Virgin the corporation wins and endures, even when particular ventures come and go, because it is always on the prowl looking for the next evolution for its “way of life” solution. It takes its skills (competitive advantage) in imbuing these way of life values into an industry and wins.
And think about Apple. Its popularity has transcended a wide range of obsolescence in products, technology and feature sets. People love Apple because it wins on enduring values. Status, elegance, simplicity, easy-integration, and being “cool” are all integral to everything it does. Apple built competitive advantages in pursuing these enduring traits. This allows the company to endure, because positions and competitive advantages in these areas endure.
The fact that Apple is hiring Angela Ahrendts, the CEO of the Burberry fashion house, to run its retail division shows that Apple is structuring its competency around status, elegance and “coolness” rather than particular products or technology.
So if you build your position and your competencies around the enduring values (like Virgin or Apple), you can have a competitive advantage which can last a relatively long time.
Winning positions and competitive advantages win because they best fit into the context of the environment in which they operate. The battle is decided in the marketplace. To win in the marketplace, you have to be designed to win within the context of that marketplace.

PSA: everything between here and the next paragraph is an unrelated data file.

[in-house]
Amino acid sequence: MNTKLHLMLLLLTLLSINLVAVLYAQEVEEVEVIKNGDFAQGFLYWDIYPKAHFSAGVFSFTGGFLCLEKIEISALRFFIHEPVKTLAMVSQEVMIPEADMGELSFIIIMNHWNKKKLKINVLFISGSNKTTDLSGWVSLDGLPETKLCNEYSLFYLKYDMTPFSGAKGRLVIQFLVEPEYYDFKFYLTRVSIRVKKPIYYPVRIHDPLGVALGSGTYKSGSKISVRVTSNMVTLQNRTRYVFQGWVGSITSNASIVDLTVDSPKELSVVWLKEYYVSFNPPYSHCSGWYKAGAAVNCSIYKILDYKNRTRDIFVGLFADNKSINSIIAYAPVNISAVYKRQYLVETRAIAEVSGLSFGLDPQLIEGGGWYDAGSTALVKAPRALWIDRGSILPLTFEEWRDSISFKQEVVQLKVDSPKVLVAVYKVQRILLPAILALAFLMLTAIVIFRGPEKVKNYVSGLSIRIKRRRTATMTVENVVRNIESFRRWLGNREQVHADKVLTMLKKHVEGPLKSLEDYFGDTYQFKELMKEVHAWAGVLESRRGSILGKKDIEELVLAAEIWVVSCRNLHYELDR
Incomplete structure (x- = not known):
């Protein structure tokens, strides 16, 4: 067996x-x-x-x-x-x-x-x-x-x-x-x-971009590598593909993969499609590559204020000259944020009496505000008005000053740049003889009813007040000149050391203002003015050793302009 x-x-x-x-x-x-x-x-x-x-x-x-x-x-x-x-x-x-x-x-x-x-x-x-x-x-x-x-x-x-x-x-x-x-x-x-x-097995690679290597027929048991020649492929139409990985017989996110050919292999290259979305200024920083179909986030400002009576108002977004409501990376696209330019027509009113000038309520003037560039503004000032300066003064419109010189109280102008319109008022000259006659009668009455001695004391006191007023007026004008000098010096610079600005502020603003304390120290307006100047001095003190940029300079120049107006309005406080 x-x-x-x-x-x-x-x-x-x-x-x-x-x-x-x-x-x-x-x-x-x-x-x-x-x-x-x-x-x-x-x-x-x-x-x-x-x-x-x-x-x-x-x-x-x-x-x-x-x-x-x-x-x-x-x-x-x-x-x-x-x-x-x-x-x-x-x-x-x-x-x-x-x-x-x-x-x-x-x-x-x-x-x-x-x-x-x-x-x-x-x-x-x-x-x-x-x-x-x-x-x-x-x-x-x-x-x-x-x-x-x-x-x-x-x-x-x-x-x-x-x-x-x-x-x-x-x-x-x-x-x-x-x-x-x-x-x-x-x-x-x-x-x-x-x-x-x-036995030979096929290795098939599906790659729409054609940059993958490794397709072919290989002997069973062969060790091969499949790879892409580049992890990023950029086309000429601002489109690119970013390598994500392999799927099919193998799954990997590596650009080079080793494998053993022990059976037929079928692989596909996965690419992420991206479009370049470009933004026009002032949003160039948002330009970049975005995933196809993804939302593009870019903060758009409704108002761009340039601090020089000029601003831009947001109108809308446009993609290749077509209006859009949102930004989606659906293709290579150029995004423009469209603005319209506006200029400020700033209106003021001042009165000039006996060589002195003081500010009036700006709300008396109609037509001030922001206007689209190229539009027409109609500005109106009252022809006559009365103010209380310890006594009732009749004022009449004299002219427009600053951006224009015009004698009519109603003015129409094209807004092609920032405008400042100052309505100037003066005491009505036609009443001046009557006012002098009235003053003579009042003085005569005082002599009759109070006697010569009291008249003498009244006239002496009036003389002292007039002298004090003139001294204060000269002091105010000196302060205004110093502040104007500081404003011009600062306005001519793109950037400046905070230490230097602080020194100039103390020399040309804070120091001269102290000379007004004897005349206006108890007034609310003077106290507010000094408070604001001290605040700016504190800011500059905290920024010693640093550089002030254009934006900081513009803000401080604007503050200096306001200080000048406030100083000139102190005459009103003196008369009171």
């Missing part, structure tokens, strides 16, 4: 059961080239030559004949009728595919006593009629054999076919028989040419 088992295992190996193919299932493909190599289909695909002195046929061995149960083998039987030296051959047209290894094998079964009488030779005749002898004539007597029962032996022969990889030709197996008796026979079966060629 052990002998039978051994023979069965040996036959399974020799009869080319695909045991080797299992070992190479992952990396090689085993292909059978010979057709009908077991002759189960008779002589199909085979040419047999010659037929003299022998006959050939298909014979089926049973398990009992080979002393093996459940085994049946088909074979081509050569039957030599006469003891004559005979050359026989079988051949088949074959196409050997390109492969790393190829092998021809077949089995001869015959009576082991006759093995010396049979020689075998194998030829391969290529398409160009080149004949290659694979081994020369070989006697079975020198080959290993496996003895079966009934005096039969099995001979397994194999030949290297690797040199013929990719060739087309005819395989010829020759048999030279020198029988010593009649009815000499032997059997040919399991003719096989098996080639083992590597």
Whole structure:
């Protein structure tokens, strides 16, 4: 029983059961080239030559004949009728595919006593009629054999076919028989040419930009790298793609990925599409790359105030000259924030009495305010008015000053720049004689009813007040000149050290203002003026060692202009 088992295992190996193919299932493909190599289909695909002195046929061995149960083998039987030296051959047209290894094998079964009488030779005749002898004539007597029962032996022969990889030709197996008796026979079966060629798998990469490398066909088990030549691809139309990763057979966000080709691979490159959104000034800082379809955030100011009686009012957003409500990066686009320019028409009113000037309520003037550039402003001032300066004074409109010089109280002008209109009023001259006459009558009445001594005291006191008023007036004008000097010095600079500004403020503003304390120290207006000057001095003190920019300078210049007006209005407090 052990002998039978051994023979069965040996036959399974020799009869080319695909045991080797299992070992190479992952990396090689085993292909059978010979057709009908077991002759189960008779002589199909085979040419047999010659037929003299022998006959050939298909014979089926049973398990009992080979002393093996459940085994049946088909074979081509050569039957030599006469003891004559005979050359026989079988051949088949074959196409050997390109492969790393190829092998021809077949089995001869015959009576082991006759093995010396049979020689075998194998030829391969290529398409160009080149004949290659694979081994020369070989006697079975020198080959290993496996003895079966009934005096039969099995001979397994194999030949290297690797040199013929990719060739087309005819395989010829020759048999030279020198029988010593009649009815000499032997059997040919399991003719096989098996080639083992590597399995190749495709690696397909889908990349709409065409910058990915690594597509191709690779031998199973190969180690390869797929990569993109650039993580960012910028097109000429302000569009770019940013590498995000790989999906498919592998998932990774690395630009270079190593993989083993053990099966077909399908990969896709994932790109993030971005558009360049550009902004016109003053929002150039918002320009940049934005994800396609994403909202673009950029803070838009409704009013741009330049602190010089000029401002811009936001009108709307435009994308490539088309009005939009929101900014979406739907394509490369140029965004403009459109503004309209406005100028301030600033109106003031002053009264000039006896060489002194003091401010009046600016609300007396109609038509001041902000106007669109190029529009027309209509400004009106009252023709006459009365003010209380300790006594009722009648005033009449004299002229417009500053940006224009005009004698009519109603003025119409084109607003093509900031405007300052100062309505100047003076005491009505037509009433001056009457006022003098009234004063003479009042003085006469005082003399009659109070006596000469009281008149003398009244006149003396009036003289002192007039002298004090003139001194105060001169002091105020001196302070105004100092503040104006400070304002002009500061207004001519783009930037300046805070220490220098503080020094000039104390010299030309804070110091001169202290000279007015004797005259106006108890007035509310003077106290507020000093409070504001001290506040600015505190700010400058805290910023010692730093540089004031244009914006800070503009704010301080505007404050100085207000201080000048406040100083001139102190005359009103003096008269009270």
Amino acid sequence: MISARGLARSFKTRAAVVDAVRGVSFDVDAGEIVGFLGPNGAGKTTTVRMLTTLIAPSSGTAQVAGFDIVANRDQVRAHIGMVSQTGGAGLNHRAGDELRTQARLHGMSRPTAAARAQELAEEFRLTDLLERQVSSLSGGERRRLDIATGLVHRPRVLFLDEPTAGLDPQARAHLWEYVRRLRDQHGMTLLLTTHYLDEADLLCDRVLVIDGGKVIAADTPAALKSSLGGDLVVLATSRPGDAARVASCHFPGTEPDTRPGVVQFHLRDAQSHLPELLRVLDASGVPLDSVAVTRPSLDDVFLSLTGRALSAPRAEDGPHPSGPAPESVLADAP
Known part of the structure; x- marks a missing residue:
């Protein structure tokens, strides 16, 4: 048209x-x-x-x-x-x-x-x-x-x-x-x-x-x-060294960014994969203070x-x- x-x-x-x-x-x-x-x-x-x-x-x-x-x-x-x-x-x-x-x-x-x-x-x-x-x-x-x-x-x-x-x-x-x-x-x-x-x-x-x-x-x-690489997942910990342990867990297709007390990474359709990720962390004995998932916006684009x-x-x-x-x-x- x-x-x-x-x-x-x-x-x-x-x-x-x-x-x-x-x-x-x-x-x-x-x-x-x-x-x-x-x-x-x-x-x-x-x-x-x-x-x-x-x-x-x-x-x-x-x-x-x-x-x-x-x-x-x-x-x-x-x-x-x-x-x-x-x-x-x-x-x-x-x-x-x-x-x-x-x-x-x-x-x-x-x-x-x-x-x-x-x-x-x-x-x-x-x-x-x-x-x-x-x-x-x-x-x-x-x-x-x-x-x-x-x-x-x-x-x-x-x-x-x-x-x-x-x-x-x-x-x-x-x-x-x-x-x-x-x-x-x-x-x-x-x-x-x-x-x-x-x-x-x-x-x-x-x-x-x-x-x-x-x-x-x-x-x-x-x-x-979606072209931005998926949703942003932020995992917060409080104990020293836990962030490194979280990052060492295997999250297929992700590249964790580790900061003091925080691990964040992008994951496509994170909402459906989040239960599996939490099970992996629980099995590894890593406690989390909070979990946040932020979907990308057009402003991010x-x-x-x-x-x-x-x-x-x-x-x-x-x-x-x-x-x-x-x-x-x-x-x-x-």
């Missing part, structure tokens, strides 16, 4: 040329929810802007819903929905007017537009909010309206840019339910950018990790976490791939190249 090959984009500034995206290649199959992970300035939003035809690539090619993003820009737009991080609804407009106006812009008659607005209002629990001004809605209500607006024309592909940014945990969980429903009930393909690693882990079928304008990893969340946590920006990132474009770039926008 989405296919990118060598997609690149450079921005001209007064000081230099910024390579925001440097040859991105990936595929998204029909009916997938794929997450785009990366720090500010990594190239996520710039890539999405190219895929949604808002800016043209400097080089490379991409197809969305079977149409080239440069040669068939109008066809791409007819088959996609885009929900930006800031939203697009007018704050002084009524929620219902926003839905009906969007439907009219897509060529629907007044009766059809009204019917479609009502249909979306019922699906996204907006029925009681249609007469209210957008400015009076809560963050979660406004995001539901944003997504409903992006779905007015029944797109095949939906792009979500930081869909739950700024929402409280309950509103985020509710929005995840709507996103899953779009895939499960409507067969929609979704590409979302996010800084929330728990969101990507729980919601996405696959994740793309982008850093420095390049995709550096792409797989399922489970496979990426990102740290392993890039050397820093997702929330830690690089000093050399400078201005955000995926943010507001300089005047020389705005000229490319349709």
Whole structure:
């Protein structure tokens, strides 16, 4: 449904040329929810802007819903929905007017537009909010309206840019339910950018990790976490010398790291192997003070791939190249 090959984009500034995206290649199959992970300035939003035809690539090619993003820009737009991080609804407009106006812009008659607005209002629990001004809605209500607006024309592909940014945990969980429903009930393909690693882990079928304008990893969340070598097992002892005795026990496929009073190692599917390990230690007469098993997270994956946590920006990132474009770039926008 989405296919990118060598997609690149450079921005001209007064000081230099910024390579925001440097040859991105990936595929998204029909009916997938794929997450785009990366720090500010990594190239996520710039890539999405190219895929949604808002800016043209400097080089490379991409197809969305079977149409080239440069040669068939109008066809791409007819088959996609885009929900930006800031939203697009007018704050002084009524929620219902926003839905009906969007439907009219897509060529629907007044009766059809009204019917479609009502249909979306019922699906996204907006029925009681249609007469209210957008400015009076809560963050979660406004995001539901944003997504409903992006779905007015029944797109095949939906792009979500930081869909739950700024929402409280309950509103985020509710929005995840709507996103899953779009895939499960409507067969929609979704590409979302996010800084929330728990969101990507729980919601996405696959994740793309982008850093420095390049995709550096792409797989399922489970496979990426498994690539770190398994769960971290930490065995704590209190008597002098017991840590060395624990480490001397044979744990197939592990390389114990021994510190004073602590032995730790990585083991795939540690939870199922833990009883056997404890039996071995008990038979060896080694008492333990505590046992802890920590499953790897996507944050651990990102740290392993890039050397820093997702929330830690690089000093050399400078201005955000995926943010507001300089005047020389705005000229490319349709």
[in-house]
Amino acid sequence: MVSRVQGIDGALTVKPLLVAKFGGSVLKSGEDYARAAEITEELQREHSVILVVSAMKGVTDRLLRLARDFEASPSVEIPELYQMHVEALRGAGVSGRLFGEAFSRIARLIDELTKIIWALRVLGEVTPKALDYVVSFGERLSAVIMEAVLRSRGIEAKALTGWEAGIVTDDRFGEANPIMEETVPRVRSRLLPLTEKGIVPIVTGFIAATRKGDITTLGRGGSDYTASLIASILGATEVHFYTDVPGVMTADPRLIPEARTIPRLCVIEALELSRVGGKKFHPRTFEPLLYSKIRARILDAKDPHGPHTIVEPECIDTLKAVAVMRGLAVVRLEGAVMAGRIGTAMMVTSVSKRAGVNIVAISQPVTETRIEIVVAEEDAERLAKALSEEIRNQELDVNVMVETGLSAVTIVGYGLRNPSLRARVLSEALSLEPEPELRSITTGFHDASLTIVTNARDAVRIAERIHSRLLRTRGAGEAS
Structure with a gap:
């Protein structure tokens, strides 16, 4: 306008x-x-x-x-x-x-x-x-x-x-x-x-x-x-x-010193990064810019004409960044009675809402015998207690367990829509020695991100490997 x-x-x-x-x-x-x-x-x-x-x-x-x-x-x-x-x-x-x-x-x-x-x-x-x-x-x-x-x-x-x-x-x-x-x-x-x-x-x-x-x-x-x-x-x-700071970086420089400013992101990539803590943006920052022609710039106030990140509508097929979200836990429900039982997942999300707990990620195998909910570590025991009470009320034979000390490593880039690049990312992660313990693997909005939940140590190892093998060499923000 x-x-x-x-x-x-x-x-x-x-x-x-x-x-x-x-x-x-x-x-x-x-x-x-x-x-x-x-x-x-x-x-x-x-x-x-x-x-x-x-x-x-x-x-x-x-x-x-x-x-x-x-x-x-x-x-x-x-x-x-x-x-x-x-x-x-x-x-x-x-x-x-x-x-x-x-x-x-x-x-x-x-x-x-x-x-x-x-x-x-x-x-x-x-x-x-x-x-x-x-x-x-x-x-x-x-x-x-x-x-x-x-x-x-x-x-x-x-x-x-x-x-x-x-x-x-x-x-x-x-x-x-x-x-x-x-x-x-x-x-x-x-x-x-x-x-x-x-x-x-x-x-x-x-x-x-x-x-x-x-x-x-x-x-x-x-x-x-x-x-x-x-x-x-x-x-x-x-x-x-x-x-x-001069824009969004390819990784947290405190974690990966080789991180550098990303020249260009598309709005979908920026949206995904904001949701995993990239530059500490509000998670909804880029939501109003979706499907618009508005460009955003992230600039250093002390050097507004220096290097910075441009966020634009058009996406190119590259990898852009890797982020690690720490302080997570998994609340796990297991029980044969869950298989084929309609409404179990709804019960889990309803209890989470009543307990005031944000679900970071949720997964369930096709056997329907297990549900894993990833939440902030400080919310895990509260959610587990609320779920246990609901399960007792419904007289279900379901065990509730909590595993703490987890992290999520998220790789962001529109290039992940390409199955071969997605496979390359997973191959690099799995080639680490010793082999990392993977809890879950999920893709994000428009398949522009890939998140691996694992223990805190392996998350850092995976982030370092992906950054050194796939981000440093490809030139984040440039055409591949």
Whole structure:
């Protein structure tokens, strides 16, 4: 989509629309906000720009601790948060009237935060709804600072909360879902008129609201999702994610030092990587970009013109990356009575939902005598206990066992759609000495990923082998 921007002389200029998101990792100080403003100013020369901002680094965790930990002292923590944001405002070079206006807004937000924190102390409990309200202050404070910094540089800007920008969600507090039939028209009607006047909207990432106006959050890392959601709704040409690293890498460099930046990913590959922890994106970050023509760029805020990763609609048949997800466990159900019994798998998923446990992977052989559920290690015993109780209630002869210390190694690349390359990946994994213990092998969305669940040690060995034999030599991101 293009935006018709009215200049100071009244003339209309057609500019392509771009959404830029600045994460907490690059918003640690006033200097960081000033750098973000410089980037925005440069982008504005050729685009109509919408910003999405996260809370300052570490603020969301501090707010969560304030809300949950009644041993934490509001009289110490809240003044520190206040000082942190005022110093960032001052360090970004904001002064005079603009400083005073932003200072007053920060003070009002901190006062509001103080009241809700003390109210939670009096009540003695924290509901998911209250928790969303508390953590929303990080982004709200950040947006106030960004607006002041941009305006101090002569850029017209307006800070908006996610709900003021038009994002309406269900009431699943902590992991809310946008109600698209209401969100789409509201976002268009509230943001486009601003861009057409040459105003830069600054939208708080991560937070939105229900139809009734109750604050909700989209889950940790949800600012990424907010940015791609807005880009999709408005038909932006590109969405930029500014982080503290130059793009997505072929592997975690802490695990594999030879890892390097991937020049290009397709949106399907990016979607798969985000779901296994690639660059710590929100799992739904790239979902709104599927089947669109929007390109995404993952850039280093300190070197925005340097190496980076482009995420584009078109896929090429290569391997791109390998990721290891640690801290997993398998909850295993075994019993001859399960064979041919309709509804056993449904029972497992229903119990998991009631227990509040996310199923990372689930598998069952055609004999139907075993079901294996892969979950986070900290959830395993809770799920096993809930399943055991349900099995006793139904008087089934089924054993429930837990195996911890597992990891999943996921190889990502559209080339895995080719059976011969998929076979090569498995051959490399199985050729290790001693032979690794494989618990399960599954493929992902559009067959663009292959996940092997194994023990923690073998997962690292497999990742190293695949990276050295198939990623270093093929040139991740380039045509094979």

If we buy into the original premise that the business world is undergoing accelerated change, then that is the context where we must design a winning strategy. Therefore, a good way to win in this marketplace is by building competitive advantages in adapting to change.
Competitive advantages in adapting to change could include superior competencies in areas like:
- Monitoring the environment to get early detections in the direction of change.
- Building a flexible supply chain.
- Having an organization that can quickly reallocate resources (human, monetary, etc).
- Building skills around enduring values rather than temporal products and technologies.
- Speed in execution.
- Developing a tolerance for risk.
- Quickly building strategic partnerships in areas needed to adapt to the change.
Companies which can do things such as these better than anyone else will have an enduring competitive advantage within the context of a rapidly changing marketplace.
It is a false notion to claim that positions and competitive advantages can no longer be enduring. Yes, many positions and advantages will not be enduring, because they are linked to particular products, technologies or feature sets. But that is the fault of the people who picked the wrong things to focus their positions and advantages on. If, instead, one focuses on enduring values or adapting to change, then you can build enduring positions and competitive advantages.
Don’t blame the concepts of positioning and competitive advantage when your business becomes obsolete. These tools still work well if applied properly. Think of the axe. In the hands of a skilled lumberjack, the axe is a wonderful tool. In the hands of an axe murderer, it is a horrible tool. Are you more like the lumberjack (building enduring skills) or the axe murderer (focusing on products, technology and feature sets)?